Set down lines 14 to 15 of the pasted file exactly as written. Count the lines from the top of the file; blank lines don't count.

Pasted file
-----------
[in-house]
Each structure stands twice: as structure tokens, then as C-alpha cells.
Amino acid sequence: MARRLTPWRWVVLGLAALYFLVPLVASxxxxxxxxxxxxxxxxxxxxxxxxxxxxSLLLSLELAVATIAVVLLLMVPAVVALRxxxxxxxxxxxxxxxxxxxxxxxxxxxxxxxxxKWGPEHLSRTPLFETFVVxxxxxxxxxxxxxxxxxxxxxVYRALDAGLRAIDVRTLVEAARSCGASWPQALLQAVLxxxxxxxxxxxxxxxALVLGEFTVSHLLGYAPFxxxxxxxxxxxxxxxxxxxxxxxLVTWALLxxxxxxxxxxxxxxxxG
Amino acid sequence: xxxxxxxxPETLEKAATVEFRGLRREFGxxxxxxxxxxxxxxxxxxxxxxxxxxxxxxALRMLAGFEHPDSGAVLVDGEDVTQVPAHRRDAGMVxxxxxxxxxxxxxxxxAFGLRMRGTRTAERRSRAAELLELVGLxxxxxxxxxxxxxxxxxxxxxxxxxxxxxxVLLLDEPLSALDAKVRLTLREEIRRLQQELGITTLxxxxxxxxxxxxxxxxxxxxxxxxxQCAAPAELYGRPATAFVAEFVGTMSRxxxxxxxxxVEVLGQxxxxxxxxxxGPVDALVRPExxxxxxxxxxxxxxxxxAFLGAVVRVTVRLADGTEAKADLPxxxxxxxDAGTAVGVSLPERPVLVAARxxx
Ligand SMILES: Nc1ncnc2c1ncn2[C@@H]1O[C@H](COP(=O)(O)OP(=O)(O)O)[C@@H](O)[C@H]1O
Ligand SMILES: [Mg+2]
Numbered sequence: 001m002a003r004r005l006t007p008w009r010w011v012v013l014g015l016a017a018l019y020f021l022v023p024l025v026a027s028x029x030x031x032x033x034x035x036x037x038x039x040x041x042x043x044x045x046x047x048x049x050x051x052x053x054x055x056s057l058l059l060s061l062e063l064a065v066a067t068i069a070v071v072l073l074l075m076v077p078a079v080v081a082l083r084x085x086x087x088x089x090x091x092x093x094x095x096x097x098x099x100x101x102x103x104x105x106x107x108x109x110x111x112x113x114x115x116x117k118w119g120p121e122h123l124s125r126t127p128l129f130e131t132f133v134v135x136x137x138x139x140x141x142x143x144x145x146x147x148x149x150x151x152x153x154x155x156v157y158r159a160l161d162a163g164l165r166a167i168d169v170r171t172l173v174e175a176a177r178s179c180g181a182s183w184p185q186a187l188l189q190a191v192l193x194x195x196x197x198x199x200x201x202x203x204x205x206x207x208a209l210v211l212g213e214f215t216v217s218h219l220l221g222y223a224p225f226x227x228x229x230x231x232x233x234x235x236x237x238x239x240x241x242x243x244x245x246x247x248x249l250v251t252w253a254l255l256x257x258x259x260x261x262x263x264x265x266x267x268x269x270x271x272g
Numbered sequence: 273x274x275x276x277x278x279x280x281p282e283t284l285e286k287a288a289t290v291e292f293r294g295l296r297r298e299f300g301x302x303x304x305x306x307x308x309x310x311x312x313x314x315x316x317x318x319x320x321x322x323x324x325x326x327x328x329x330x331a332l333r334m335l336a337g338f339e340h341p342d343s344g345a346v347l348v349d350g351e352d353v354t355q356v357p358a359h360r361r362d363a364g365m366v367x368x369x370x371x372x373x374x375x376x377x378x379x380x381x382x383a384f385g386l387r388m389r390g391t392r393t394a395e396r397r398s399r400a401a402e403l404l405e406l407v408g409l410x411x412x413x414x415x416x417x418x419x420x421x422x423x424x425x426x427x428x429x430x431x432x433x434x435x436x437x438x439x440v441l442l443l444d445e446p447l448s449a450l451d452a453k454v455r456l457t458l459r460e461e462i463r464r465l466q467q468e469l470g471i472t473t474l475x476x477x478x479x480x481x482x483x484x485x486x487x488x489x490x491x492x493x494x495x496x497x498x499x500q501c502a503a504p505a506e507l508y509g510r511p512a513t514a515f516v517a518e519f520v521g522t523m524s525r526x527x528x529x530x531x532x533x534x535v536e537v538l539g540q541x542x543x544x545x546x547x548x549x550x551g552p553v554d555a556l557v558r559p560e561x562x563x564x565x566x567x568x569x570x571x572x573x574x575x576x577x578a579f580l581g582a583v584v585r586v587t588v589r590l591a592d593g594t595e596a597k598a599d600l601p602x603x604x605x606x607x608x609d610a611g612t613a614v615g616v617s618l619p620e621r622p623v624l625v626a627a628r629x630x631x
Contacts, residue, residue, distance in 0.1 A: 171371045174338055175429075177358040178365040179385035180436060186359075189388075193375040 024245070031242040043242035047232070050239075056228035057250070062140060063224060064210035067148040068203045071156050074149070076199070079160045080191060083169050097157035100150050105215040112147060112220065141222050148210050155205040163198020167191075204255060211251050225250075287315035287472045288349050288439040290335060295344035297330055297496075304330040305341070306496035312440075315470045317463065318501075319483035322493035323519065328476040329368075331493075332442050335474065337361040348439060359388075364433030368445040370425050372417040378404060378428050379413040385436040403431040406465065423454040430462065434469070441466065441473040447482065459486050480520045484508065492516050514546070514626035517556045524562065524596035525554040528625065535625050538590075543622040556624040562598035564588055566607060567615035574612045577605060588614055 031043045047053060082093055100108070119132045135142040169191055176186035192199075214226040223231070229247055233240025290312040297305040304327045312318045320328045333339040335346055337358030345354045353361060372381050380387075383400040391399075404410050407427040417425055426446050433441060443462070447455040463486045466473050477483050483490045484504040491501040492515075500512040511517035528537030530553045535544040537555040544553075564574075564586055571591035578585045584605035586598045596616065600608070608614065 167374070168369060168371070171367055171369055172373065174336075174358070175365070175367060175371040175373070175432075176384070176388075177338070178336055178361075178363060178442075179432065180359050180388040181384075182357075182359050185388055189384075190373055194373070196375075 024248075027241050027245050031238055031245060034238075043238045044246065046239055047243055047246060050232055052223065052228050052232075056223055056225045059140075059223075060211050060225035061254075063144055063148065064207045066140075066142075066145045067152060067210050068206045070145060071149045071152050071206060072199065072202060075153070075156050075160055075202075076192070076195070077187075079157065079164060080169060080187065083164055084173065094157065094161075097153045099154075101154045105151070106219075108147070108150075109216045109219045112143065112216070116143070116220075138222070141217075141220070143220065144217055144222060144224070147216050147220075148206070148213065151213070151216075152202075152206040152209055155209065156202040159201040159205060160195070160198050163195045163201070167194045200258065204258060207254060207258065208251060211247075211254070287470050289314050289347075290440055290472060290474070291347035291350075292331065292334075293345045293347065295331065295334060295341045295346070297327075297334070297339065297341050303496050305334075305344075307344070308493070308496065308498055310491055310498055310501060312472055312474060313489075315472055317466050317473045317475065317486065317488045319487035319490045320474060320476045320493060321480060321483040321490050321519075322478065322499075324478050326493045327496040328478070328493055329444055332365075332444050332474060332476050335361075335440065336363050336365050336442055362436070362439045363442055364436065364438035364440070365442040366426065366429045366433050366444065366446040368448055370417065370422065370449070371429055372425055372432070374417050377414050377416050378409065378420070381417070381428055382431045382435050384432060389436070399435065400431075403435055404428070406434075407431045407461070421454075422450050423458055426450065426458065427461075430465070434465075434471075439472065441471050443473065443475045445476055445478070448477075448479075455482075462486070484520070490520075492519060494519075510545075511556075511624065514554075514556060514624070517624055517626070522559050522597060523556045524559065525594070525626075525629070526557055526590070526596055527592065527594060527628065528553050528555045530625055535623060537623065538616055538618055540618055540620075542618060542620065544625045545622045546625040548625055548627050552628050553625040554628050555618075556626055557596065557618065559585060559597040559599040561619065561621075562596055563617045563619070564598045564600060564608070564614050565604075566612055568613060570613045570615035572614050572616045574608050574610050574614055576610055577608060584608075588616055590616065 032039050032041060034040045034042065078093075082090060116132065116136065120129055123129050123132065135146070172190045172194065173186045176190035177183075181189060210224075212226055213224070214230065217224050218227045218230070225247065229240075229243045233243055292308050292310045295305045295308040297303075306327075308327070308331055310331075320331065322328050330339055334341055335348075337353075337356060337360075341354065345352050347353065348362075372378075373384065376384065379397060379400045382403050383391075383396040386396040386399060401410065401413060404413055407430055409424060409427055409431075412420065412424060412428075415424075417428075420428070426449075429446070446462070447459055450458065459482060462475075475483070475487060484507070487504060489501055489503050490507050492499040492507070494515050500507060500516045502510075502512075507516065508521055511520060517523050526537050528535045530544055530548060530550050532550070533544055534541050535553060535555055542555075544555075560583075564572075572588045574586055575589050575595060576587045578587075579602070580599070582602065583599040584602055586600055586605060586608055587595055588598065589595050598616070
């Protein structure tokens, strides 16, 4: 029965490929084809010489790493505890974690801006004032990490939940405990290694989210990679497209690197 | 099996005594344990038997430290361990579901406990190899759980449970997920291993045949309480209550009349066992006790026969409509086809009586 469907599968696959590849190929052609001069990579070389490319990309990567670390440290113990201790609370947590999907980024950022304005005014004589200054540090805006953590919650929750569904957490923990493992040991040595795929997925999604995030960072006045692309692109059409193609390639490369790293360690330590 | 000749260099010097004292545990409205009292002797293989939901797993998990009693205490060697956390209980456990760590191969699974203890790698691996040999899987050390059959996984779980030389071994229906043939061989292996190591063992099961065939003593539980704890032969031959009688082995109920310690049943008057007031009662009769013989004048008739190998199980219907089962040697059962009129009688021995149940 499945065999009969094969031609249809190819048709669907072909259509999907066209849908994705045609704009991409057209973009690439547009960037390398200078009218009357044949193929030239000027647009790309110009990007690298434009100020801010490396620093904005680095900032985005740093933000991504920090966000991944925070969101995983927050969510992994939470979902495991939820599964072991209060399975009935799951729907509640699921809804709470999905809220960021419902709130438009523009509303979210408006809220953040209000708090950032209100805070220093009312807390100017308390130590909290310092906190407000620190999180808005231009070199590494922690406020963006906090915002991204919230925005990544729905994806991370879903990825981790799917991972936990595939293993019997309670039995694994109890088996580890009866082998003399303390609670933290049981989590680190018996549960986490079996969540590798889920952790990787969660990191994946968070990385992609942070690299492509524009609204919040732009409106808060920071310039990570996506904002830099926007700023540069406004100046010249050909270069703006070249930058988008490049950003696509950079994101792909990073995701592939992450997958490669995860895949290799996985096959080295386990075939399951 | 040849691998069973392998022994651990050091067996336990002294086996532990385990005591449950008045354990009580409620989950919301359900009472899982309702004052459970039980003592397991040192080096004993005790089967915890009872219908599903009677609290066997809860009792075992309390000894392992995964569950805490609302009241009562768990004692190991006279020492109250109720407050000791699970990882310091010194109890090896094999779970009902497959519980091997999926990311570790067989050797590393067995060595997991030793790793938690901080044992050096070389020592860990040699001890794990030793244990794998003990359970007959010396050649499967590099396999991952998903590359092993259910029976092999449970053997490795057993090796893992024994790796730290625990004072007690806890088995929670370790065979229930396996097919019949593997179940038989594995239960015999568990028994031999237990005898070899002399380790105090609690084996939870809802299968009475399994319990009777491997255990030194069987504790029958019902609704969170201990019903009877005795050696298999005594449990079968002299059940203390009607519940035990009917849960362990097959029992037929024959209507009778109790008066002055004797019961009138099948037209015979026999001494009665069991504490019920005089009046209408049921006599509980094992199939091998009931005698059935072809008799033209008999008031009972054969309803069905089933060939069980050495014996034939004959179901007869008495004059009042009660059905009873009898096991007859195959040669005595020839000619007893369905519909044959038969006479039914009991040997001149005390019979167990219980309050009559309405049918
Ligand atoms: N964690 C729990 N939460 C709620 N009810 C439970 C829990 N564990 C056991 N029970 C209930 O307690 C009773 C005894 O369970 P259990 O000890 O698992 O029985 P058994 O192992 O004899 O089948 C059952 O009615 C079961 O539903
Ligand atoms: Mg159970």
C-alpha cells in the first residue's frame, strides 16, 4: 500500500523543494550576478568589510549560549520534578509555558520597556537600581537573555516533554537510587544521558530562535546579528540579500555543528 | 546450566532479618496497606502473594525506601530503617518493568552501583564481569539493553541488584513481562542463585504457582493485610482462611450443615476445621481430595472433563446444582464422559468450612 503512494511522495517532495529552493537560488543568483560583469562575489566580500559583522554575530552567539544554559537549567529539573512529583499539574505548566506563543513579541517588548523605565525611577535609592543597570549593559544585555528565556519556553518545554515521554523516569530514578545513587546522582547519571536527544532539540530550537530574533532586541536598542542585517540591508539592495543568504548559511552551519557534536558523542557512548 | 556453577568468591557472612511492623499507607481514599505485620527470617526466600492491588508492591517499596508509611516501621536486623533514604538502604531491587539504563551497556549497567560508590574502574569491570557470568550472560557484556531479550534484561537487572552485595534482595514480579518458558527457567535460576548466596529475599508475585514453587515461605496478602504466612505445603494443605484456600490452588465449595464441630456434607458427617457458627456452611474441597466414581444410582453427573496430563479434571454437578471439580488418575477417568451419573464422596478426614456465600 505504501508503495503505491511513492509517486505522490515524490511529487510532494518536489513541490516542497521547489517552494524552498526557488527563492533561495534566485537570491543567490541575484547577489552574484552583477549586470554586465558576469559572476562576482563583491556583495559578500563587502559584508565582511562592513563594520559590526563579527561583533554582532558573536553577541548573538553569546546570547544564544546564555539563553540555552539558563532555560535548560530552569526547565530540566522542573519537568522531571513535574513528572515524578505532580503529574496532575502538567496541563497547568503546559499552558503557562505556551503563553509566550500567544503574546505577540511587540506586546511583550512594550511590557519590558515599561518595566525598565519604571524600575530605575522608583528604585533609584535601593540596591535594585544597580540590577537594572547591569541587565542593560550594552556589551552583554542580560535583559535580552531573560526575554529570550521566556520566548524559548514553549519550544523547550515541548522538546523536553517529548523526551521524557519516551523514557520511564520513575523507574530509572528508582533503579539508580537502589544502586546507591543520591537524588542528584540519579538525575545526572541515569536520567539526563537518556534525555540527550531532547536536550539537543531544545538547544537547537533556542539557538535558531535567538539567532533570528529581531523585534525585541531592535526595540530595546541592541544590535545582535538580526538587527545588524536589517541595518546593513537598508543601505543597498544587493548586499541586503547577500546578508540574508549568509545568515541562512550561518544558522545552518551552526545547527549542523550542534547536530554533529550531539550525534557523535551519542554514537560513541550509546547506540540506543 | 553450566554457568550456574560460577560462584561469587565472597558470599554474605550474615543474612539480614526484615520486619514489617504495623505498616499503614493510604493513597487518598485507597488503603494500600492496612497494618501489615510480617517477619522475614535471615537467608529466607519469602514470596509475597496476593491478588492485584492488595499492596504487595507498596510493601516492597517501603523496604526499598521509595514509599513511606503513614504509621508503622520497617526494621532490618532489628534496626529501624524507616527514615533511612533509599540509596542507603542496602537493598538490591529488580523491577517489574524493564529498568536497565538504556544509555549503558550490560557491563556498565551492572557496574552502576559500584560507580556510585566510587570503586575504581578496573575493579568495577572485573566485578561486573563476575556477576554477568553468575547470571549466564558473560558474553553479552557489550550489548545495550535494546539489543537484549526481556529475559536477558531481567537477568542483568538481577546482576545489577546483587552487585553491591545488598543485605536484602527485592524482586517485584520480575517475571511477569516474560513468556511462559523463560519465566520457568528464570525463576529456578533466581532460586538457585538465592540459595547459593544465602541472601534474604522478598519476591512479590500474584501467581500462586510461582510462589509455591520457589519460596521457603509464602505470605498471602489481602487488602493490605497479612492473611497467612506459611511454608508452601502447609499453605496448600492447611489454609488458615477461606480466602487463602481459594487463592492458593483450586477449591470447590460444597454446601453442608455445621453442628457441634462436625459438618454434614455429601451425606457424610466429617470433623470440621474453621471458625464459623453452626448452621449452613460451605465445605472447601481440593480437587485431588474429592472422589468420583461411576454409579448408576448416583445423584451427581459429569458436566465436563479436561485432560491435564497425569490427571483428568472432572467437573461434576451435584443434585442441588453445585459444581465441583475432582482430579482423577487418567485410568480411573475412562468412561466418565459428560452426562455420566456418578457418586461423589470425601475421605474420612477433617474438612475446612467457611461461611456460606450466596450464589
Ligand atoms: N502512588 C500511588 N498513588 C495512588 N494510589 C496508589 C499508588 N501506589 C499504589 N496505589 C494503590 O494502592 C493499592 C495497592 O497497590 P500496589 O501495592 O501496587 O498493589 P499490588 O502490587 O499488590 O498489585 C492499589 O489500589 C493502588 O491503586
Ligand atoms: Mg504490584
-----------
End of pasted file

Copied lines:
Ligand atoms: N502512588 C500511588 N498513588 C495512588 N494510589 C496508589 C499508588 N501506589 C499504589 N496505589 C494503590 O494502592 C493499592 C495497592 O497497590 P500496589 O501495592 O501496587 O498493589 P499490588 O502490587 O499488590 O498489585 C492499589 O489500589 C493502588 O491503586
Ligand atoms: Mg504490584